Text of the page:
A cracker of a bass season
  |  First Published: October 2009

While sitting around watching all that flooding rain over Autumn and Winter, the only thing that kept me sane was knowing that Spring and Summer would turn on some of the best bass fishing we had seen in years, and it hasn't disappointed.

All the tributaries of the Clarence are producing plenty of big fish.
y first bass session this year yielded my best wild fish in many a year, 49.5cm fork length and as fat as a pup.
hank goodness it was not over 50cm or would not have left me anything to aspire to!

Some of my customers have produced a few over the magic 50cm fork length as well, with ABT regular Paul Gillespie catching his PB fish of just on 54cm.

The Clarence Gorge has been producing cricket-score numbers for the past couple of months and if this dry Spring continues, by the time you read this the bass will have dropped back out of
he Gorge and started to spread out back down the river.

The Weather Bureau has forecast a long, dry Summer and if that means steamy afternoons and evenings casting surface lures up a snag-laden creek, I say bring it on!

ith all that Winter rain, the Ebor region is looking its best for many years and it is shaping up to be the finest trout season this century. I know I am going to be torn between the fishing in the upper and lower catchments and I can't possibly fit it all in over a weekend, so I might have to ask the
oss for a day off here and there mid-week.

There is some surprisingly great trout fishing to be had in the Ebor region.

est place to start is the Dutton
atchery. The guys there are behind the stockings and can point you in the right direction. The class of fish we encountered late last season has me salivating for the upcoming one.
he little taste of the fly fishing on offer up there last Autumn rivalled anything I had in a decade of fishing Monaro region.

I know that is a big statement but even the best-travelled trouty would have been shocked at the size of the brown trout up there.

Small economies like the Ebor region need the revenue derived from trout so trout should be stocked for no other reason than recreational fishing and the tourist dollar.

With pressure coming from some quarters to eradicate ‘ferals’ out of our national parks, never before in history have these areas needed our presence more than right now!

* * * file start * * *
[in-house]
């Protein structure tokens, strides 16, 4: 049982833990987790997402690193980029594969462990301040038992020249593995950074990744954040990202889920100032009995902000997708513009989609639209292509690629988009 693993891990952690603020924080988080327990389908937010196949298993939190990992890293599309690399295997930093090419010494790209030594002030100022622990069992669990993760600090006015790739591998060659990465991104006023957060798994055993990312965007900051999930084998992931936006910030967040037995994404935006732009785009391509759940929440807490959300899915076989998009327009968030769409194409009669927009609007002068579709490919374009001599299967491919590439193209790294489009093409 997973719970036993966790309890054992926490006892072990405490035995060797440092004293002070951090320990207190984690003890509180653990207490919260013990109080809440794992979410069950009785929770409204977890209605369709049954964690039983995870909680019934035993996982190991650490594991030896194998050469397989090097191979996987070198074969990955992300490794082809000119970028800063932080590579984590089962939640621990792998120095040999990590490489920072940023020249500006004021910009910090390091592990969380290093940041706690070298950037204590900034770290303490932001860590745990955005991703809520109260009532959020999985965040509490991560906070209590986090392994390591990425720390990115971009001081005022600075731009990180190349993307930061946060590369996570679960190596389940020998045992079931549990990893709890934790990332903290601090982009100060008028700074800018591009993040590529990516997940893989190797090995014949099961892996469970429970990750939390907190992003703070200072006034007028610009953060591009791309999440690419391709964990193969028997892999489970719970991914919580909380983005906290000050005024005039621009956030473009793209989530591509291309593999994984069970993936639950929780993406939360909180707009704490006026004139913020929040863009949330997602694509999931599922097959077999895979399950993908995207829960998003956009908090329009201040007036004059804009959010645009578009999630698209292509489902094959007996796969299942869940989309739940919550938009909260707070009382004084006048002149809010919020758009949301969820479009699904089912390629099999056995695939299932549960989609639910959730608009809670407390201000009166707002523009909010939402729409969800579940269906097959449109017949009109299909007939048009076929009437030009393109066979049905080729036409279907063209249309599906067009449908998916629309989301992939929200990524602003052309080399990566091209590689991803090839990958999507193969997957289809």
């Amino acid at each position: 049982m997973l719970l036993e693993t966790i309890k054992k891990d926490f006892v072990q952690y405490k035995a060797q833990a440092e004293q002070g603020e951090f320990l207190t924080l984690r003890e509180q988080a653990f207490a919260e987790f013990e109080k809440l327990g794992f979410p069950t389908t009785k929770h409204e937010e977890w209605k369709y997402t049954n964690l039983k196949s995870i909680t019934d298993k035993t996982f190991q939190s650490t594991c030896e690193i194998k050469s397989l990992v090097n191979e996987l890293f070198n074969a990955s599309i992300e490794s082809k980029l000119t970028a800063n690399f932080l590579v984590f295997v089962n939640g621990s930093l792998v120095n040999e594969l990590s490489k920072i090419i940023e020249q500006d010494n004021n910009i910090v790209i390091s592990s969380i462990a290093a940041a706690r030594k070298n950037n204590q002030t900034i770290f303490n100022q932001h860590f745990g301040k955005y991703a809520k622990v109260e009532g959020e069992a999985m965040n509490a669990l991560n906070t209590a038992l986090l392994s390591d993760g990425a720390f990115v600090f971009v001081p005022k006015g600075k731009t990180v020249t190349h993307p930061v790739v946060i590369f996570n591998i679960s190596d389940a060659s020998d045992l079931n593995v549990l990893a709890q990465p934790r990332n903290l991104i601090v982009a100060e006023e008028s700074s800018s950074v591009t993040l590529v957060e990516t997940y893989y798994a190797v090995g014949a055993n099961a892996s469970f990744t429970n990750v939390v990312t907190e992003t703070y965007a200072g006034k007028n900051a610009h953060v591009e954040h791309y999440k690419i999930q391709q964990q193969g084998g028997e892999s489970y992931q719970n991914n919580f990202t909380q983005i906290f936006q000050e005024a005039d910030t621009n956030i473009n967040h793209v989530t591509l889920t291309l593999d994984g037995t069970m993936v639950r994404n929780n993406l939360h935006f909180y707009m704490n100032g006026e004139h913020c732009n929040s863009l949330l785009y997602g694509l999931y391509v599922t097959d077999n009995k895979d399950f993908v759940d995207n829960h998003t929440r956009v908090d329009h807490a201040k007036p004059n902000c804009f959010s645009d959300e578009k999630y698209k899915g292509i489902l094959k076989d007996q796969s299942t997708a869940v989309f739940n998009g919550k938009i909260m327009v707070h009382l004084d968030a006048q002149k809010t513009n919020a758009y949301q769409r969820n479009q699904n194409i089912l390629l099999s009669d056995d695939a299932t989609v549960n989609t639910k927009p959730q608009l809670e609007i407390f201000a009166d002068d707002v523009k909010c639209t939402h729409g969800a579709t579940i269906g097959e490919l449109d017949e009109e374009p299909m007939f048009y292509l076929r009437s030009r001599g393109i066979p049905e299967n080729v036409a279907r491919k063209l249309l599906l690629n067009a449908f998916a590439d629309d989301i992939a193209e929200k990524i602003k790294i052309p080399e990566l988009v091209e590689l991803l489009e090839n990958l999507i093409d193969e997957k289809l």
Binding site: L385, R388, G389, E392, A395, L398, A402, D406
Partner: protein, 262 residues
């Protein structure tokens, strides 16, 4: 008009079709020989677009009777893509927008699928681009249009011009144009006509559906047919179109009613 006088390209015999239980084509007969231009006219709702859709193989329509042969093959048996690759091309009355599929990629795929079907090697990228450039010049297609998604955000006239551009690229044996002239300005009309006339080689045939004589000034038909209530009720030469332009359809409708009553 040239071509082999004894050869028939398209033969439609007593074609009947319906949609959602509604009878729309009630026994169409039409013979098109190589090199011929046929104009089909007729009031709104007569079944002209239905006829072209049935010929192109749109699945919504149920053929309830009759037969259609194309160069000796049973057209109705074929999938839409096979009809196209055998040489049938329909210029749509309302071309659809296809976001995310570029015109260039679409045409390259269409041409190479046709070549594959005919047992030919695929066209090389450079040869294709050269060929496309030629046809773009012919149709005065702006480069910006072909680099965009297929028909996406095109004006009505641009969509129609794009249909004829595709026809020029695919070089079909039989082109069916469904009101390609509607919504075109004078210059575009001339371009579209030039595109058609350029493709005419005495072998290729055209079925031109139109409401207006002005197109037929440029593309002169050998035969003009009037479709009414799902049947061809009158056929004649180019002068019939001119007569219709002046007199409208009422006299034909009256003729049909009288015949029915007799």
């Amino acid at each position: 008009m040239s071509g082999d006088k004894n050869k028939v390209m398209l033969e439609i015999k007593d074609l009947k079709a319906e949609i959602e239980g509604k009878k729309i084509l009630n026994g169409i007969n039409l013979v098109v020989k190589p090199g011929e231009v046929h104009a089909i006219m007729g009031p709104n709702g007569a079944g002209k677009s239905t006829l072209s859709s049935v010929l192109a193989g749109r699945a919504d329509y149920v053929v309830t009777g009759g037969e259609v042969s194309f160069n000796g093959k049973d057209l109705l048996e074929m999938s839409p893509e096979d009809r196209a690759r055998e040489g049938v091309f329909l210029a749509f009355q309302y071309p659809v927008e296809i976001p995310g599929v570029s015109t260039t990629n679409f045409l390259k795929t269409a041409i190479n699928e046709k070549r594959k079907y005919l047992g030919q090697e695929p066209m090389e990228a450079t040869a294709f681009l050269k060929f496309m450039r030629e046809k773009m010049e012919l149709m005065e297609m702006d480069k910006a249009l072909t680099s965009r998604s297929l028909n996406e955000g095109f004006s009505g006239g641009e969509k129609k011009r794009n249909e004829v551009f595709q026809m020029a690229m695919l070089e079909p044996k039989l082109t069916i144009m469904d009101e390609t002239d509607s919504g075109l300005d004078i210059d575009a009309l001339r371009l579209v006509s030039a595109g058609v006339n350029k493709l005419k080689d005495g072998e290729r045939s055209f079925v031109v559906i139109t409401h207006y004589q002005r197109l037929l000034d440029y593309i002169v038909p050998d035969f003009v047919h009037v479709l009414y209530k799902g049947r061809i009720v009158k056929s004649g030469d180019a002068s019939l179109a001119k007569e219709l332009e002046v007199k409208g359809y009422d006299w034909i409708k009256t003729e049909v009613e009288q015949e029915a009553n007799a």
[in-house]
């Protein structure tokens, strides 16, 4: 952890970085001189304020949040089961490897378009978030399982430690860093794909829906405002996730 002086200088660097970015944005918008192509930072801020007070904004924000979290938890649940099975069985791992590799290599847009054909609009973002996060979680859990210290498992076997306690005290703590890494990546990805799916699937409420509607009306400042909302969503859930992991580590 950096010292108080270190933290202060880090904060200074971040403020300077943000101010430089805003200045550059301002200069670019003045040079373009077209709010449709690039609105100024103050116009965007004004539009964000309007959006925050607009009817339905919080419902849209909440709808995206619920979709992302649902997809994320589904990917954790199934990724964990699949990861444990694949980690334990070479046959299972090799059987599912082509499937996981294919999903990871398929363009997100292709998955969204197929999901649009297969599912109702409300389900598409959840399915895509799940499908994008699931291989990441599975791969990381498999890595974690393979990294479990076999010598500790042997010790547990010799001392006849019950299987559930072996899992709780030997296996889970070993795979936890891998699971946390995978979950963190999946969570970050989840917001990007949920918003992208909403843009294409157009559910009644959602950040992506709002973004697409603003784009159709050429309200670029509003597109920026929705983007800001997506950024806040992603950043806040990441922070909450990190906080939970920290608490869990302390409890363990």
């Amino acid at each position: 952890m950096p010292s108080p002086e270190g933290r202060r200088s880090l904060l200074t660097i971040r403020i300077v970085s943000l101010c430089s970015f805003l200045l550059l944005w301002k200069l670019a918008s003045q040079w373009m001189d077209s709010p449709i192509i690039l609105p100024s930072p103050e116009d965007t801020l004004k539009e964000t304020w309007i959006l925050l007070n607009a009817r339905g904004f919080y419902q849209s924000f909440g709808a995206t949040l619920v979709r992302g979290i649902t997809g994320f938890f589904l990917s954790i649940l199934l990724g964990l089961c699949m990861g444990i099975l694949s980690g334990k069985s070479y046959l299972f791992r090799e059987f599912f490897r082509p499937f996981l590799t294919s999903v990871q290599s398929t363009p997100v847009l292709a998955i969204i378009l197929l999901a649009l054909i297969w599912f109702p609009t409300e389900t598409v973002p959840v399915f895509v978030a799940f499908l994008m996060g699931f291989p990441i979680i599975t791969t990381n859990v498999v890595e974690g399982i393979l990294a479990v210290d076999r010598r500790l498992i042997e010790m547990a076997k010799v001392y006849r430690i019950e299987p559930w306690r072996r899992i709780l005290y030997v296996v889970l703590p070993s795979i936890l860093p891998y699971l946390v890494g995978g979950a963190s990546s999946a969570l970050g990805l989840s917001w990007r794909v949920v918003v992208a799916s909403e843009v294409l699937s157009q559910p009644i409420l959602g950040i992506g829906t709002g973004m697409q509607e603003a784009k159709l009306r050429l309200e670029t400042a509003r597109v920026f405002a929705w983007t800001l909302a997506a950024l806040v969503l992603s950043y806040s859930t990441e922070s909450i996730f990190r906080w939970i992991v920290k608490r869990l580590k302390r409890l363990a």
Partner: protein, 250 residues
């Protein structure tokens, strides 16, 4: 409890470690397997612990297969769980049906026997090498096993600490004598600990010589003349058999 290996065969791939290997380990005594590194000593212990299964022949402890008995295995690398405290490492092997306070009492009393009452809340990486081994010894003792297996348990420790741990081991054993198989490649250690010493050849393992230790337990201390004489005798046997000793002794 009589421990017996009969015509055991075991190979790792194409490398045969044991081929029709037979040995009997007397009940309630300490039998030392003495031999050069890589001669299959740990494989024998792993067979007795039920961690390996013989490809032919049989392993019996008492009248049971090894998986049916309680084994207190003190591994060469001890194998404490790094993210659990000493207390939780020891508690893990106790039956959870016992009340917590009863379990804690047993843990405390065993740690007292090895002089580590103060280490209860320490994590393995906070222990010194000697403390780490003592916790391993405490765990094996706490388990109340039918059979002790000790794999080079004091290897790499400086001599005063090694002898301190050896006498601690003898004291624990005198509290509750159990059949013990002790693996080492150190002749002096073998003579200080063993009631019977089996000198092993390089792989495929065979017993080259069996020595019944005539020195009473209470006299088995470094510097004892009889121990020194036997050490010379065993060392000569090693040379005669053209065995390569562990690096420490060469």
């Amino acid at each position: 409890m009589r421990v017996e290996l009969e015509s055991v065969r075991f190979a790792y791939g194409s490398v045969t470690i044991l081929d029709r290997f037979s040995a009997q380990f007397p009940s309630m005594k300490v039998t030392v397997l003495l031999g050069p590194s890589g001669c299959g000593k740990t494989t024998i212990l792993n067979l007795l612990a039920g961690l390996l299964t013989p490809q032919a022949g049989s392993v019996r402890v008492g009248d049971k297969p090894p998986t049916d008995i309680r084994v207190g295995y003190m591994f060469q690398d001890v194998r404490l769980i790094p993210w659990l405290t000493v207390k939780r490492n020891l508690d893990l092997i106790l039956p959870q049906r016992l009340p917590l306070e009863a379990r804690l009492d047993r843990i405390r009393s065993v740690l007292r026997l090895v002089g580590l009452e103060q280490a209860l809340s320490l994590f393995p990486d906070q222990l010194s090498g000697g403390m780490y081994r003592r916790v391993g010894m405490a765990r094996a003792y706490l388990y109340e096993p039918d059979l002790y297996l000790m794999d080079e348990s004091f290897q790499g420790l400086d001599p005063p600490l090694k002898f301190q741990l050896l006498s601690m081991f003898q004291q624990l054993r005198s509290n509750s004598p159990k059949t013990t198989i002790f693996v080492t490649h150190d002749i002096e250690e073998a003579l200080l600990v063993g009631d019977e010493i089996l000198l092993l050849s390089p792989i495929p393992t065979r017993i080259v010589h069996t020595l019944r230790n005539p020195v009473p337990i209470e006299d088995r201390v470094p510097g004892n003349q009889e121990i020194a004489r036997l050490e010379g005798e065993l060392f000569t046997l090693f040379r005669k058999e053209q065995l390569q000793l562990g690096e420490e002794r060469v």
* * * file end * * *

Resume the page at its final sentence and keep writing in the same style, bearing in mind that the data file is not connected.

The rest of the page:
The whiting on poppers phenomenon has shown no signs of slowing.
hey have already turned up in huge numbers and all the sandy spits and shallow weed beds from the mouth of the river to Lawrence are producing plenty of fish.

Popping for whiting certainly has no age barrier, either. I think I sell as many clear poppers to retirees as to the younger generation, especially when they find out it can be a more efficient method than bait at catching a feed of these tasty little battlers.

November is the best month without doubt to chase school mulloway in the Clarence.

ith clean saltwater now pushing up above Grafton, the fish will be spread out between the river mouth and Brushgrove, with the deeper rocky points and reefs around Maclean being the pick.

Offshore fishing can be at its toughest in November.

he winds play a huge part as we enter north-easterly/southerly change Summer pattern for the next few months.
s a result, offshore water temperatures can vary by anything up to a couple of degrees from one day to the next.
or the best results, plan to get offshore as soon as conditions allow after a southerly, when the water will be warmer and clearer and the East Australia Current flowing closer to shore. The cold water produced by onshore patterns can also have an effect on river fishing.
ll that cold water pushing upstream certainly puts the brakes on whiting on surface lures

For all the latest info call in and see us at Big River Bait & Tackle, 16 River Street, Maclean, or phone us on 02 6645 1834. Country service with city prices.


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